Mexico has unveiled plans for an overhaul of its energy sector which allow foreign investors to bid for prospective oil reserves and related midstream and downstream activities in the country, according to a statement from the country’s energy ministry.
Mexico, which nationalised its oil and gas industry in 1938, has long banned foreign investors from getting involved in the sector. The energy reform, announced last week, is seen as central to President Enrique Pena Nieto's broad-based effort to enlist foreign capital and expertise to help bolster the country’s declining production.
The changes were announced under the Hydrocarbons Law and the Hydrocarbons Revenues Law, which became effective on 12 August. Together, these laws establish a new legal framework for all hydrocarbon-related activities in Mexico. They are also part of a set of new laws to implement the constitutional energy reform that became effective on 21 December last year, according to law firm Mayer Brown.
Under the overhaul, most of the country’s existing production fields will be kept under control of the state-owned oil monopoly, Petróleos Mexicanos (Pemex), but private investors will be invited to bid for a large portion of prospective reserves.
Pemex is to retain 100 percent of its producing areas, 83 percent of Mexico’s proven and probable reserves and 21 percent of the country’s prospective reserves, according to the statement. Pemex had originally requested to retain 31 percent of Mexico's prospective reserves.
In addition, the law establishes a “permit” regime for midstream and downstream activities to be regulated by the Ministry of Energy (SENER) and the Energy Regulatory Commission, Mayer Brown said in a report.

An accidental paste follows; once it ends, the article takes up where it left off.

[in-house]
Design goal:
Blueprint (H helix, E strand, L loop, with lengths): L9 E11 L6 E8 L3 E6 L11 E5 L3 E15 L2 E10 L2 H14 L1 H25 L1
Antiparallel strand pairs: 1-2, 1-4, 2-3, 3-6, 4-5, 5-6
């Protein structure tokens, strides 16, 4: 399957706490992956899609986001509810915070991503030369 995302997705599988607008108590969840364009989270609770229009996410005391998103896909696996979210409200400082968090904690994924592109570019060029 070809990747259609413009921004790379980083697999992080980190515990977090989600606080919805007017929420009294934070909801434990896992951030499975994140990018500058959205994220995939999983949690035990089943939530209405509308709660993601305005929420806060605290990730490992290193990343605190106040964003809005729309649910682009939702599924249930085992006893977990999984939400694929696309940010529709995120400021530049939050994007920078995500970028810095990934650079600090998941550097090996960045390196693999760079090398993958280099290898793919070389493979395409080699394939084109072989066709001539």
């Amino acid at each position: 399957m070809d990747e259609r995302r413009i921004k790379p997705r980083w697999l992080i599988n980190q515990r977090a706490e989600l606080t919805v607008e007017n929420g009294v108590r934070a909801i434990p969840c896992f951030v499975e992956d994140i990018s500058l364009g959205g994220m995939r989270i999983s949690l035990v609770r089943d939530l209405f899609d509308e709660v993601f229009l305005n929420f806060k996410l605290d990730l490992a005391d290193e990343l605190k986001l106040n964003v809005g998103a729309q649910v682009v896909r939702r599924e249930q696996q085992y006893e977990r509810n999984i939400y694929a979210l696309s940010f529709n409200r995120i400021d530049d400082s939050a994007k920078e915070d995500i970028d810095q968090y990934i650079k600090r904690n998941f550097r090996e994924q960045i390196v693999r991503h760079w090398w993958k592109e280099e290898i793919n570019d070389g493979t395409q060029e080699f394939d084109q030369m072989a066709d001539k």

The overhaul also guarantees open access and competition for midstream activities, the document argued.
The Hydrocarbons Law establishes that all permit holders providing transportation, distribution or storage services ought to provide open and non-discriminatory access to their facilities, subject to available capacity and pursuant to rules to be issued by the Energy Regulatory Commission.
The Energy Regulatory Commission, with the opinion of the Federal Economic Competition Commission, may establish regulations to promote a competitive energy sector that may include the strict legal separation among activities or the administrative, operational or accounting separation of certain activities, the report added.
Activities that will need permits from SENER include: treatment and refining of petroleum, processing natural gas, and import and export of crude oil, natural gas, and petroleum products.
Activities that will require a permit from the Energy Regulatory Commission include: transportation, storage, distribution, compression, liquefaction, decompression, regasification, marketing and retail sale of crude oil, natural gas, petroleum products and petrochemicals, integrated pipeline transportation and storage systems.